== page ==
Flower in the Lapel

Discussion in 'Suits' started by Mr_Misanthropy, Apr 13, 2006.

  1. Mr_Misanthropy

    Mr_Misanthropy Practically Family

    Messages:
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    Location:
    Chicago, Illinois
    Hello all
    I am going to a shindig this Saturday, a show/dance/party at a fedora-friendly bar I frequent. I was planning on wearing this suit..

    [​IMG]

    But with a reddish tie and a 30's style fedora (which should be here any day). I was walking to pick up the suit from the cleaners today and passed a florist. In the heat of the moment, I had a brainstorm, and walked in to order a flower to wear on my lapel Saturday night. I didn't want anything too fancy, just something elegant.

    An nice older woman named Dorothy came to my assistance, and was MOST helpful!! She suggested a rose, very small (a bloom I think its called), in an ivory color. There will be a little greenery around it, but no baby's breath or ribbon or anything... it's not a prom!

    I'll have pics up on Sunday hopefully from the event, so, you can all see the results then. I was wondering if anyone else has ever done the flower on the lapel? I think it's called a boutonni?®re, buccaneer, or something. Pics would be great. I don't think this is a prom only fashion... any ideas?

    Regards,
    -Jeremiah
     
  2. Ahhh, the boutonniere ...

    Roses are pretty formal for me. More of a wedding thing.

    I tend towards the understated flower with single layer of petals. More than that gets a bit bulky. I have quite a selection of wildflowers growing in my (tiny) garden. I generally just snip one of those and pop it into the lapel. Some are violet, some are yellow, varying shades of pinks etc. ...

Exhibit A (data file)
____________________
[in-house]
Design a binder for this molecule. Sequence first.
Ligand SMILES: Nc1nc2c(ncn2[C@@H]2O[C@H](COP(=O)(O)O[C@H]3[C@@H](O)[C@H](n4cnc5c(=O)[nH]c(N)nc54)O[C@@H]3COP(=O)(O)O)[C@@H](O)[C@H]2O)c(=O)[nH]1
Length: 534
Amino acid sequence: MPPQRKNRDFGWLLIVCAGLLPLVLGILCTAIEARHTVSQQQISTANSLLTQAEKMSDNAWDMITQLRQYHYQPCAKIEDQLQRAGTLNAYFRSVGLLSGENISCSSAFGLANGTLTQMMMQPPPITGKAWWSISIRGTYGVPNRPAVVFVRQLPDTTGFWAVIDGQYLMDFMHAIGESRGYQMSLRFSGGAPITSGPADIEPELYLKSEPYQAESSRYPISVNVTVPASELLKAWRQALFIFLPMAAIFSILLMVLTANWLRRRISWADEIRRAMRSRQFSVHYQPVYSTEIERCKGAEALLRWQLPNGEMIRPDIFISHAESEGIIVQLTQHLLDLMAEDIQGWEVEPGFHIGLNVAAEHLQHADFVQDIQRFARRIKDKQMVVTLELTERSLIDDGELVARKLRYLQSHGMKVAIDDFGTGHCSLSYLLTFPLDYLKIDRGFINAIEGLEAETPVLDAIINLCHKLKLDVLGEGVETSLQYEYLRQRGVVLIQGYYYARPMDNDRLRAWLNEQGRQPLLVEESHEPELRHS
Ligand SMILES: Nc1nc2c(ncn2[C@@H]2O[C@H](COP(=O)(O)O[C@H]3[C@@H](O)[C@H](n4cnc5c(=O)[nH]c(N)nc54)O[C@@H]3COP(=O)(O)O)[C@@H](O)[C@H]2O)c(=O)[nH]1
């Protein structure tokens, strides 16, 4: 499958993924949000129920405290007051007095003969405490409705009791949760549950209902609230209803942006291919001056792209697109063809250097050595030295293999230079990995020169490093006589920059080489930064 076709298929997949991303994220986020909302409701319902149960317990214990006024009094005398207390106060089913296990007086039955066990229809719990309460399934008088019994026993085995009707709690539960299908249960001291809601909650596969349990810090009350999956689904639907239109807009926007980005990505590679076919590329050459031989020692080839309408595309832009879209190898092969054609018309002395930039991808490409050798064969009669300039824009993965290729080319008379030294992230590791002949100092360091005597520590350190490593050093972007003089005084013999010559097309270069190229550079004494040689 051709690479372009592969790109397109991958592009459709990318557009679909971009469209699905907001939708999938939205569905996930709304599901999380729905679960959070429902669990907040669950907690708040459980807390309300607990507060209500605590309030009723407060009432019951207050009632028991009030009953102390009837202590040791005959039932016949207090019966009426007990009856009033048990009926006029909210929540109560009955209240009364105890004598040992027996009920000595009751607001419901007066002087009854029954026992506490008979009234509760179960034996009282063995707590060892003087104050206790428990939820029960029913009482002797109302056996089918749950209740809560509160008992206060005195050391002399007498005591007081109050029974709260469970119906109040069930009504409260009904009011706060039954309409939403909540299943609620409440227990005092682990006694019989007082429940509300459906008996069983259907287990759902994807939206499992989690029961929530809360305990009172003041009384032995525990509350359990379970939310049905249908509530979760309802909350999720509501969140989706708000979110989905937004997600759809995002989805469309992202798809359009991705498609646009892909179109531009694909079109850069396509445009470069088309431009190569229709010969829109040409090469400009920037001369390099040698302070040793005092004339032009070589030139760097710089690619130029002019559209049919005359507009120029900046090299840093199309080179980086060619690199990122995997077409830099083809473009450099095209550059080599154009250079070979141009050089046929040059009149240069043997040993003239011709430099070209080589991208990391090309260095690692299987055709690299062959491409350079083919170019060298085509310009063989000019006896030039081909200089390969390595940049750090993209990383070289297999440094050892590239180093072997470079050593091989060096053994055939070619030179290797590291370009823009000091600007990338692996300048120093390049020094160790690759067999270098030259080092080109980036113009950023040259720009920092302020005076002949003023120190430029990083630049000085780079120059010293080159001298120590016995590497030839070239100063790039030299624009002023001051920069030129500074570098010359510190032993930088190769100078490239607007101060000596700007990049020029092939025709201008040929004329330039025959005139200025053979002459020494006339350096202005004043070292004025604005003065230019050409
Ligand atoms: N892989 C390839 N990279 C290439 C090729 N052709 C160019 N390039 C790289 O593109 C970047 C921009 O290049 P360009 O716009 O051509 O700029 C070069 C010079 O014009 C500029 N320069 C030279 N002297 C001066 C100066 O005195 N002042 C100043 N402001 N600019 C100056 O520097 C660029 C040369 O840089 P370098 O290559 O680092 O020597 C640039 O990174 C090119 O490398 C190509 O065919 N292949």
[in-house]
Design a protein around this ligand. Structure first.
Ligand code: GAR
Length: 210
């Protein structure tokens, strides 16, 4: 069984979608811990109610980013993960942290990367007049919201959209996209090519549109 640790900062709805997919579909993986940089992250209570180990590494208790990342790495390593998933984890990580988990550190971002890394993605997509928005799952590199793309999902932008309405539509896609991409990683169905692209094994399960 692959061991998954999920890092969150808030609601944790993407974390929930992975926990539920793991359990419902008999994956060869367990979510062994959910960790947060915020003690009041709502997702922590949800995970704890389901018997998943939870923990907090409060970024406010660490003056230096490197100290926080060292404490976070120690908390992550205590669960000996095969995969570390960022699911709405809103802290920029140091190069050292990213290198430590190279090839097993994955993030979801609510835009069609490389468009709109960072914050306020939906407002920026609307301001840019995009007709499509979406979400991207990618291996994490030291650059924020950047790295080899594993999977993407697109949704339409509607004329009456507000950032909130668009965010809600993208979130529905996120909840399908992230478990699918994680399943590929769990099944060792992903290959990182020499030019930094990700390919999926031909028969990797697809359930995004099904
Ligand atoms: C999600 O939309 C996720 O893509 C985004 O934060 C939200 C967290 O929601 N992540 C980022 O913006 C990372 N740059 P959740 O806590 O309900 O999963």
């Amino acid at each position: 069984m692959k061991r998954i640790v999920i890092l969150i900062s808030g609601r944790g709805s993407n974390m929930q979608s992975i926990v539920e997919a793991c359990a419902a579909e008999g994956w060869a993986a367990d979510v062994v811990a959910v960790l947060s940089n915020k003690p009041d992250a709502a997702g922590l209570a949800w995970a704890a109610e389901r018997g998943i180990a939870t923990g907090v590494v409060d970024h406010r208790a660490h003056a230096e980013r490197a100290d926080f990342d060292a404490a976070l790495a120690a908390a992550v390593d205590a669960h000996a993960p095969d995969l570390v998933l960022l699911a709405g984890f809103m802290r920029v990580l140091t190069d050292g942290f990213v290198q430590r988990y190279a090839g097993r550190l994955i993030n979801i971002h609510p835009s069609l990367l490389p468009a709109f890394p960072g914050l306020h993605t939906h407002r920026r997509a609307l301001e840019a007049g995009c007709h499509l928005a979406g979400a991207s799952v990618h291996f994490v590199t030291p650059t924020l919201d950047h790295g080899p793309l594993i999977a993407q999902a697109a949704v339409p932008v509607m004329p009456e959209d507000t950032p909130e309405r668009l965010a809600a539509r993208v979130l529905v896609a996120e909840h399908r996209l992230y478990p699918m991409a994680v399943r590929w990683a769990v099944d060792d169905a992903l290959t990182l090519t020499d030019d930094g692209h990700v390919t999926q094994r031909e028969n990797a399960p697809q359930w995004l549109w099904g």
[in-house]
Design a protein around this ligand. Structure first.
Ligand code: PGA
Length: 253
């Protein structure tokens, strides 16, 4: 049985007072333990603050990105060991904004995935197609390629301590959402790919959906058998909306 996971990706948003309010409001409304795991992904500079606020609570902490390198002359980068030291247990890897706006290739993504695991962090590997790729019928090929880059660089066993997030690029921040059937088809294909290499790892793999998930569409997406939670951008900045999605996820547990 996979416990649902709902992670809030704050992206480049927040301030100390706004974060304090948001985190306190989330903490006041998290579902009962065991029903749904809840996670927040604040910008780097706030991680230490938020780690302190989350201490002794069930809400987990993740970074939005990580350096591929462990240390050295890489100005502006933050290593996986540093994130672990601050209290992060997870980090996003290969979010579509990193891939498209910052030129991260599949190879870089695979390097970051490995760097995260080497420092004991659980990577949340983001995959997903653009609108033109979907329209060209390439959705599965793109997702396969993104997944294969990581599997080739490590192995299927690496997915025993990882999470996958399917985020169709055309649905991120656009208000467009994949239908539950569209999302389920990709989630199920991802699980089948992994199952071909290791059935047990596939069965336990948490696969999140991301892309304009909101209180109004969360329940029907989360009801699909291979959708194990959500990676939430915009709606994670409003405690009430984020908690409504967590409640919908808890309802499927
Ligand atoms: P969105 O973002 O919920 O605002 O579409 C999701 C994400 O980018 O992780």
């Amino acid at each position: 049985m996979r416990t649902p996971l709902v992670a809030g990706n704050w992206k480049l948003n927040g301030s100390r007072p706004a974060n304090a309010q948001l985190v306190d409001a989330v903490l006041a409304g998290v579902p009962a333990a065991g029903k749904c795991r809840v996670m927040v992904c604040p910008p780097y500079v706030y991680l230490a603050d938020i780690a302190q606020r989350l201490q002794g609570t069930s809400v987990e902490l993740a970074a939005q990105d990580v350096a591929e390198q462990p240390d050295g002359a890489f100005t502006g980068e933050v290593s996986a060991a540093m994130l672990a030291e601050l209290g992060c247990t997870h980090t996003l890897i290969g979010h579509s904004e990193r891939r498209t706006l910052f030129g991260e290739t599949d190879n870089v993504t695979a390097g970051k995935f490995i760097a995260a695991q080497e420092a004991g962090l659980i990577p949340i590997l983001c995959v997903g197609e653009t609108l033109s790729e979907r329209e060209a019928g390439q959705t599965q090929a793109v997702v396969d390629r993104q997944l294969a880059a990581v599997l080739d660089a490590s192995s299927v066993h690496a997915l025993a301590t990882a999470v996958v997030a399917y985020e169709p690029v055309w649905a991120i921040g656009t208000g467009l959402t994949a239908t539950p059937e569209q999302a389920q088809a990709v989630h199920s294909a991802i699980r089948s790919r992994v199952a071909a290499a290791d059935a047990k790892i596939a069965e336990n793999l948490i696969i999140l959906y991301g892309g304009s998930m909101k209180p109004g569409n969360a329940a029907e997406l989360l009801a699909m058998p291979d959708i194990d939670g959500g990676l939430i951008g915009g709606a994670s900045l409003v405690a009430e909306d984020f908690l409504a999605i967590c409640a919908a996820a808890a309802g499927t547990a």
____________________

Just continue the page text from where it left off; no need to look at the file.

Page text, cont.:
bk
     
  3. Burma Shave

    Burma Shave One of the Regulars

    Messages:
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    Location:
    Columbia SC
    Like Baron Kurtz...

    ...I prefer something small, understated and classic. I can't see that a tiny ivory rose would be offensive, however.

    My favorites are cornflowers, which you can see here:

    http://aggie-horticulture.tamu.edu/wildseed/cornflower.html

    It's particularly appropriate for a young man's lapel because another name for this flower is "bachelor button."
     
  4. "Doc" Devereux

    "Doc" Devereux One Too Many

    Messages:
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    Location:
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    For more dressy evening things, I like to wear a small rose in my lapel: white with everything except white (which basically means black or dark blue), and then a black rose (I know a guy) on a white dinner jacket. It's a little formal, but I like the touch.
     
  5. Mr_Misanthropy

    Mr_Misanthropy Practically Family

    Messages:
    618
    Location:
    Chicago, Illinois
    Now it's not an opened up blooming rose.. it's a small closed one.

    A bud... that's it. It's a bud.

    [​IMG]
     
  6. Burma Shave

    Burma Shave One of the Regulars

    Messages:
    156
    Location:
    Columbia SC
    "Doc" --

    I love black roses. I hardly ever see them, and most people don't believe they exist. I've gotten countless funny looks from florists concerning my requests for those things.
     
  7. If you want to be ultra '30s traditional, go for a small red or white carnation (the smallest you can find). Don't pin it on the front of the lapel -- put the stem through the buttonhole, and then carefully(!) pin the stem onto the back of the lapel. (Be gentle here, as carnation stems have a nasty habit of breaking.)

    Why carnations? Simple: they're sturdy flowers which need less water than roses do. Carnations stay fresh-looking on your lapel for the entire day.

    Roses were indeed worn by men, but almost always for special evening occasions only. In other words, with a tuxedo. (That said, plenty of men preferred to wear a carnation with their tux.)

    Color rules? Well, they weren't hard and fast, but the general rule said: red or white carnation with a day suit; red rose or carnation with a tuxedo; white rose or carnation with an evening tailsuit (like Fred Astaire's).